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  1. #1
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    Simple two target hyperlink

    This is probably amazingly simple... and I'm completely retarded or something;
    But my goal here is to have a link that opens two different pages, targeting two different IFRAMEs.

    I'm using :
    <a href="Javascript:" onclick="window.open('/mainleft.htm', 'mainleft'); window.open('/mainright.htm', 'mainright');">. . . h o m e . . .</a>
    mainleft and mainright being the two IFRAMEs I'm trying to target.
    This line of code ACTUALLY does work, the pages open.
    But Firefox brings up the error console, with either nothing there, or once said something about a 'cursor' error or something.

    Is something simply written slightly wrong for this instance?

  • #2
    Senior Coder nikkiH's Avatar
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    Try this instead.
    Code:
    <!DOCTYPE HTML PUBLIC "-//W3C//DTD HTML 4.01 Transitional//EN"
    "http://www.w3.org/TR/html4/loose.dtd">
    <html>
    <head>
    <title> new document </title>
    <script type="text/javascript">
    function doIt()
       {
       document.getElementById("frame1").contentWindow.location.href="http://www.google.com";
       document.getElementById("frame2").contentWindow.location.href="http://www.yahoo.com";
       return false;
       }
    </script>
    </head>
    
    <body>
    <a href="#" onclick="doIt()">clicky</a>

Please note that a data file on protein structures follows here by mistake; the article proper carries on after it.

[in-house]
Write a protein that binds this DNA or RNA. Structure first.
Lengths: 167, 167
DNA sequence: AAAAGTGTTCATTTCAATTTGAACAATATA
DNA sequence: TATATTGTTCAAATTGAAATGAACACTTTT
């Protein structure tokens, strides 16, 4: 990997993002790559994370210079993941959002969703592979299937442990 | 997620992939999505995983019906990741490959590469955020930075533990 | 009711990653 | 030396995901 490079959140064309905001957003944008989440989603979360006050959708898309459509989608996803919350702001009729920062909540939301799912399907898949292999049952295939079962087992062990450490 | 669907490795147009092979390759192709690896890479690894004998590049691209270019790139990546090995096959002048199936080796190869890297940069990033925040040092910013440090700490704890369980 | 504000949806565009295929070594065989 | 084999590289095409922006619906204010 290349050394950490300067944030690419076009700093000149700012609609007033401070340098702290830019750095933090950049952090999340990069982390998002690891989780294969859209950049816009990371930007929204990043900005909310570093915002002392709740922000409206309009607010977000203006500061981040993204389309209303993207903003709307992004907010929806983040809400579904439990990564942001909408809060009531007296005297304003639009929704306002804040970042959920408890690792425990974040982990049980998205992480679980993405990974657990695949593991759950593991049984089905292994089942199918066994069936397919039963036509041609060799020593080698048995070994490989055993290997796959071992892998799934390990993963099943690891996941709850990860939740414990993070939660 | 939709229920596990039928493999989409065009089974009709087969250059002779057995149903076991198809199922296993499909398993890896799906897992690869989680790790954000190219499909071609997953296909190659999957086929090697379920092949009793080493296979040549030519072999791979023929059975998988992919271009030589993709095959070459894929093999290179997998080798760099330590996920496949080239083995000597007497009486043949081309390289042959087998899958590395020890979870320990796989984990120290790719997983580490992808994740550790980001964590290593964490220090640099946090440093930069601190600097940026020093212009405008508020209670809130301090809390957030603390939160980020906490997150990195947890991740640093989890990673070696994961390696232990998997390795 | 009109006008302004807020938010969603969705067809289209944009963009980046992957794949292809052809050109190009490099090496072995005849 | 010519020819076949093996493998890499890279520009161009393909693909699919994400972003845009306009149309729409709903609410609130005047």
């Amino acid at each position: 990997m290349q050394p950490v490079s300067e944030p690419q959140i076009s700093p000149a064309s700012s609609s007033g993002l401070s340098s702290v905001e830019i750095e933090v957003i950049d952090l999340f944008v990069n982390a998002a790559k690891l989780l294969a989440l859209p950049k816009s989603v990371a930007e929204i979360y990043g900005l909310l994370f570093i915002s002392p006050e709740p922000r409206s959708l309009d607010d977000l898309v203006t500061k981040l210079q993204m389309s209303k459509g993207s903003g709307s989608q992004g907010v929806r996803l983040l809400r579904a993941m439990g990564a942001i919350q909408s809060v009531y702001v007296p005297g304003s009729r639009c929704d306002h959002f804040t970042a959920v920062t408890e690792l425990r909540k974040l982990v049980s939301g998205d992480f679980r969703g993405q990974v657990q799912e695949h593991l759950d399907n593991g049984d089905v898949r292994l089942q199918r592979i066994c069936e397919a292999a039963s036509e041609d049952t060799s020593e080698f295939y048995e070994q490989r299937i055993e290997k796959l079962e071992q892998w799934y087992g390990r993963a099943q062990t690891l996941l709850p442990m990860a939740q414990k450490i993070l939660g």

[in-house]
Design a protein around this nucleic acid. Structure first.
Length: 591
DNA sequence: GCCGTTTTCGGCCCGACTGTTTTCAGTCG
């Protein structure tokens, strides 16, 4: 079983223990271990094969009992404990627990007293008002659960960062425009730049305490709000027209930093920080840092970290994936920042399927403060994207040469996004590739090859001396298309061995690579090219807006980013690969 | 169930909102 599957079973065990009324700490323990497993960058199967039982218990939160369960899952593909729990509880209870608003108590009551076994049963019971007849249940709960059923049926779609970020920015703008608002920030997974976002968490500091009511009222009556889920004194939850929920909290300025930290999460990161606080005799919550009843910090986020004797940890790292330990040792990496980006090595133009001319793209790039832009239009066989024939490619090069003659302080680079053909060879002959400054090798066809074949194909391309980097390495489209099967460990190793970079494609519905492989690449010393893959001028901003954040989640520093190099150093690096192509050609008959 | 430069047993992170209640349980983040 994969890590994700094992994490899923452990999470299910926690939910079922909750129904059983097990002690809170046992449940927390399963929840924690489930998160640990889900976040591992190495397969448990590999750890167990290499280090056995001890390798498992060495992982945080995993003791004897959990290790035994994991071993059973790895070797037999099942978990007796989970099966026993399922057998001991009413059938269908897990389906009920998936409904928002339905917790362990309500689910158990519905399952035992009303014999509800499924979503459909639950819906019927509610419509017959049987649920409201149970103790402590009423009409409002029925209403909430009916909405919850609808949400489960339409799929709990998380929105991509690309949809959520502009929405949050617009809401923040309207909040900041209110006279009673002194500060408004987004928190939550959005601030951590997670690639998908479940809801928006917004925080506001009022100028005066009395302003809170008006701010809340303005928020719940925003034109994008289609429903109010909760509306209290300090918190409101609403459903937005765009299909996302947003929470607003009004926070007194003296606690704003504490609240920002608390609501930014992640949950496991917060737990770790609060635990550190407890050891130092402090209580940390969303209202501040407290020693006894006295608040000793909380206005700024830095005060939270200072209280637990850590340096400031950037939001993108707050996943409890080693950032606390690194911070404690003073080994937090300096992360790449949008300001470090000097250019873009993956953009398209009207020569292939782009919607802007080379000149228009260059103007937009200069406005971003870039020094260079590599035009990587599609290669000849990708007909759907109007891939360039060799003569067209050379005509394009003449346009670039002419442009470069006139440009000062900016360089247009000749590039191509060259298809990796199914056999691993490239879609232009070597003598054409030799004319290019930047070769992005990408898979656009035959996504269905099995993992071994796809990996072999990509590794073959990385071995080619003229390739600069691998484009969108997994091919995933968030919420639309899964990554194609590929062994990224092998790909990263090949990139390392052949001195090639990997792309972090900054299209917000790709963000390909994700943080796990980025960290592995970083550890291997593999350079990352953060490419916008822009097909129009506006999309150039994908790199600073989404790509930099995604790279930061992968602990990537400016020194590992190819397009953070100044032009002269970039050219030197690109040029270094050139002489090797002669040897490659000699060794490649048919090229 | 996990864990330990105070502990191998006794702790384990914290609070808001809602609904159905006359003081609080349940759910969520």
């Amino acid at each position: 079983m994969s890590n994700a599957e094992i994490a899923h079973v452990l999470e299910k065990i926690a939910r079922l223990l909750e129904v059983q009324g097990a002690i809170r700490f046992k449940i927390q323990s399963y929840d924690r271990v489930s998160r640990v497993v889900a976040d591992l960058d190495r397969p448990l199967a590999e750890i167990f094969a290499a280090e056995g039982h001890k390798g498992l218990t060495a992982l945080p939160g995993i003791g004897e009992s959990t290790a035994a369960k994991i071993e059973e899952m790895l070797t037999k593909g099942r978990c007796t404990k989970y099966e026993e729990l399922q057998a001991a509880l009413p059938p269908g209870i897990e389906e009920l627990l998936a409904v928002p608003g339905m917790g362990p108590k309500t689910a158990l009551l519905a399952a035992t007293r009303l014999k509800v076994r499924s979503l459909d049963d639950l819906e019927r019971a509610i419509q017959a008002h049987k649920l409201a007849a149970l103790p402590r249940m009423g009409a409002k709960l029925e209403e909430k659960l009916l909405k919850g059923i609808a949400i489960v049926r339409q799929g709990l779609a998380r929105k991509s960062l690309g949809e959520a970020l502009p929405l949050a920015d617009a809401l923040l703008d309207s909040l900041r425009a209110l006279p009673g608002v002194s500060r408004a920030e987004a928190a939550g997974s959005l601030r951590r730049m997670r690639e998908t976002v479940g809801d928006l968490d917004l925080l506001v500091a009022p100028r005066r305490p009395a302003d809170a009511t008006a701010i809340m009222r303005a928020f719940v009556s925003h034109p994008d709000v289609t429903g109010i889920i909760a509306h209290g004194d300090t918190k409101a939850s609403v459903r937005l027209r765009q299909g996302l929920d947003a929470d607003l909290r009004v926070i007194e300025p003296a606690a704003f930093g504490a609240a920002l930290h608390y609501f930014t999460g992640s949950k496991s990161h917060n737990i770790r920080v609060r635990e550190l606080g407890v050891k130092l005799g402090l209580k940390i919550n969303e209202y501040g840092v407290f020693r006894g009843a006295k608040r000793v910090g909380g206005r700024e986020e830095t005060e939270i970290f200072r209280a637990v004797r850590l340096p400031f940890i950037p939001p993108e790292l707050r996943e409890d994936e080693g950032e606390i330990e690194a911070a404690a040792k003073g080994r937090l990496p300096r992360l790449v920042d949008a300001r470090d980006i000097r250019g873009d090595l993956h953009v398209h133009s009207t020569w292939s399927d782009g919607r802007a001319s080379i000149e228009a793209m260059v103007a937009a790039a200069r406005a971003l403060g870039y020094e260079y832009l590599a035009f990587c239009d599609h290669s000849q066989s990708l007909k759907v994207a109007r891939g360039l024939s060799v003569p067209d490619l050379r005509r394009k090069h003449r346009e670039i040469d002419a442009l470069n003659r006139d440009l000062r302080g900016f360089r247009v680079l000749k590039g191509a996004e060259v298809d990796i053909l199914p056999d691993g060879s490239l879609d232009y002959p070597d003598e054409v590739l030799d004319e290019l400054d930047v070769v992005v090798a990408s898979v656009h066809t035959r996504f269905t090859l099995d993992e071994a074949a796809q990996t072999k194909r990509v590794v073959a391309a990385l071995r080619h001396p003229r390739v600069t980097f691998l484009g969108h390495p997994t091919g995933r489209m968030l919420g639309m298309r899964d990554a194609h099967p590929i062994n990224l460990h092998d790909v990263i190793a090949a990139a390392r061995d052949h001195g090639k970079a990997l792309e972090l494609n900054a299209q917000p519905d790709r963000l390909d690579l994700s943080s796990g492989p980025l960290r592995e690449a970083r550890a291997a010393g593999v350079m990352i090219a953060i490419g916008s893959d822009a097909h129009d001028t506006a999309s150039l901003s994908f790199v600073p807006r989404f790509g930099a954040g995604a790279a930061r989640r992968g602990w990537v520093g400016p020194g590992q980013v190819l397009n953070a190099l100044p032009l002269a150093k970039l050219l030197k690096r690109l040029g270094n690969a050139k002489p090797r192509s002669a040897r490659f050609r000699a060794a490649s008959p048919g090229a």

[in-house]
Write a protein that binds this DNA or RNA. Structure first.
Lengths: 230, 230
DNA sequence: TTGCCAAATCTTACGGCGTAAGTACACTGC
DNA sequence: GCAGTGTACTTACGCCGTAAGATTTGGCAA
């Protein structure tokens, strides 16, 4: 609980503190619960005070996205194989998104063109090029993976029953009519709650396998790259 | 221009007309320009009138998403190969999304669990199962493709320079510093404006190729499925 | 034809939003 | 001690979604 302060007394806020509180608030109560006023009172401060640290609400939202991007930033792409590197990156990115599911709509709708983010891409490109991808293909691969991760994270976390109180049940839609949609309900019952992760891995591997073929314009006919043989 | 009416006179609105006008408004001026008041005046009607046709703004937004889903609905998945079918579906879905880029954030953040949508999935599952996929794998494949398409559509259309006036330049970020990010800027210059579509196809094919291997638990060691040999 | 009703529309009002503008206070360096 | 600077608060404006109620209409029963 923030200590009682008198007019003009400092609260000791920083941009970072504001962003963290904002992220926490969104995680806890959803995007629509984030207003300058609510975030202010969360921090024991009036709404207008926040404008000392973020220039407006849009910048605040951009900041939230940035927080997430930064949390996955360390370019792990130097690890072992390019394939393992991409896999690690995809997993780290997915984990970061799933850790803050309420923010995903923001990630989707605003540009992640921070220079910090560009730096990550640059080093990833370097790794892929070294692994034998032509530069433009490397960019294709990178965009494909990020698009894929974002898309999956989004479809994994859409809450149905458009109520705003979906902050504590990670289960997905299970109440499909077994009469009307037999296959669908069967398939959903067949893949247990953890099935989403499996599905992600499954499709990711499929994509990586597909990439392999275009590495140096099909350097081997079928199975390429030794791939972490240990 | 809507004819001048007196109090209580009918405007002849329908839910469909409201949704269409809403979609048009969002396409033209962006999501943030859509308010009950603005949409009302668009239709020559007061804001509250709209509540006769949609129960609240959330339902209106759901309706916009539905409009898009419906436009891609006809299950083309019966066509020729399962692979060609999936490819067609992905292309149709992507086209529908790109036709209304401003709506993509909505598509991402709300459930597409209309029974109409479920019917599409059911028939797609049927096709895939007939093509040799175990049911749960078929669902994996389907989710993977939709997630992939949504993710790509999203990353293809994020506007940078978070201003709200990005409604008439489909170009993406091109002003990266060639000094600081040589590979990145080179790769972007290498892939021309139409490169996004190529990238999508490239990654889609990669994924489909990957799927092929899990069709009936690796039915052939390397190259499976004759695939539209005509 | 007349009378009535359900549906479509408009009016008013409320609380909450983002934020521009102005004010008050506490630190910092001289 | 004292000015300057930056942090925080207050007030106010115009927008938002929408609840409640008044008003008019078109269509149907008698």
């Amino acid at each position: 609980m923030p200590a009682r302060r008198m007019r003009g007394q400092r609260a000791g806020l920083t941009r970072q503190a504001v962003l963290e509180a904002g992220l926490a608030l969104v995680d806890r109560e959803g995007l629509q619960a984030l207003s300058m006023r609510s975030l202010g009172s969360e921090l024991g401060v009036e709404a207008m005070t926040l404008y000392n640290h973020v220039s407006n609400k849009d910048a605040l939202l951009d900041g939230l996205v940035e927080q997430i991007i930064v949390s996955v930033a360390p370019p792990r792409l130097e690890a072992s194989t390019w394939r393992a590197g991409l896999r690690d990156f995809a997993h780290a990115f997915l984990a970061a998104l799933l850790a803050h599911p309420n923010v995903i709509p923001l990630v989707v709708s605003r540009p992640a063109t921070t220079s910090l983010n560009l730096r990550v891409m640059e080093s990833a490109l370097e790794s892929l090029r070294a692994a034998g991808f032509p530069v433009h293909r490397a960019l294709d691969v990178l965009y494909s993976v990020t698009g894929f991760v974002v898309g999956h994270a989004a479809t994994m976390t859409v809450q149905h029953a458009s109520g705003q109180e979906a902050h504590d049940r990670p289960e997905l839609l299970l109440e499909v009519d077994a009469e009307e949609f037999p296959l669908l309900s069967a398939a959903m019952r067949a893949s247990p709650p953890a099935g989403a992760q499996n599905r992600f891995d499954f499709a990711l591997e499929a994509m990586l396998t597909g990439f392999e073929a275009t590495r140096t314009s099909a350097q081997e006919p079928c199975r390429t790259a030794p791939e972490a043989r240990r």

<iframe id="frame1" src="test1.html" height="200" width="200">/</iframe>
    <iframe id="frame2" src="test2.html" height="200" width="200">/</iframe>
    </body>
    </html>

    If this post contains any code, I may or may not have tested it. It's probably just example code, so no getting knickers in a bunch over a typo, OK? If it doesn't have basic error checking in it, such as object detection or checking if objects are null before using them, put that in there. I'm giving examples, not typing up your whole app for you. You run code at your own risk.
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  • #3
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    What if I wanted other Links to open to the two frames as well?
    Would I have to make other functions for those as well?

    Is there an easier way than that?

  • #4
    Senior Coder nikkiH's Avatar
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    Functions make your life easier because of the embedded quotes issue, and just ease of reading. You can just put it inline if you want,

    Code:
    <body>
    <a href="#" onclick="document.getElementById('frame1').contentWindow.location.href = 'http://www.google.com'; document.getElementById('frame2').contentWindow.location.href = 'http://www.yahoo.com';return false;">clicky</a>
    <iframe id="frame1" src="test1.html" height="200" width="200">/</iframe>
    <iframe id="frame2" src="test2.html" height="200" width="200">/</iframe>
    </body>
    or you can make a more generic function like so.

    Code:
    <!DOCTYPE HTML PUBLIC "-//W3C//DTD HTML 4.01 Transitional//EN"
    "http://www.w3.org/TR/html4/loose.dtd">
    <html>
    <head>
    <title> new document </title>
    <script type="text/javascript">
    function openLinks(url1, url2)
       {
       document.getElementById("frame1").contentWindow.location.href=url1;
       document.getElementById("frame2").contentWindow.location.href=url2;
       return false;
       }
    </script>
    </head>
    
    <body>
    <a href="#" onclick="openLinks('http://www.google.com','http://www.yahoo.com')">clicky</a>
    <iframe id="frame1" src="test1.html" height="200" width="200">/</iframe>
    <iframe id="frame2" src="test2.html" height="200" width="200">/</iframe>
    </body>
    </html>

    If this post contains any code, I may or may not have tested it. It's probably just example code, so no getting knickers in a bunch over a typo, OK? If it doesn't have basic error checking in it, such as object detection or checking if objects are null before using them, put that in there. I'm giving examples, not typing up your whole app for you. You run code at your own risk.
    Bored? Visit
    http://www.kaelisspace.com/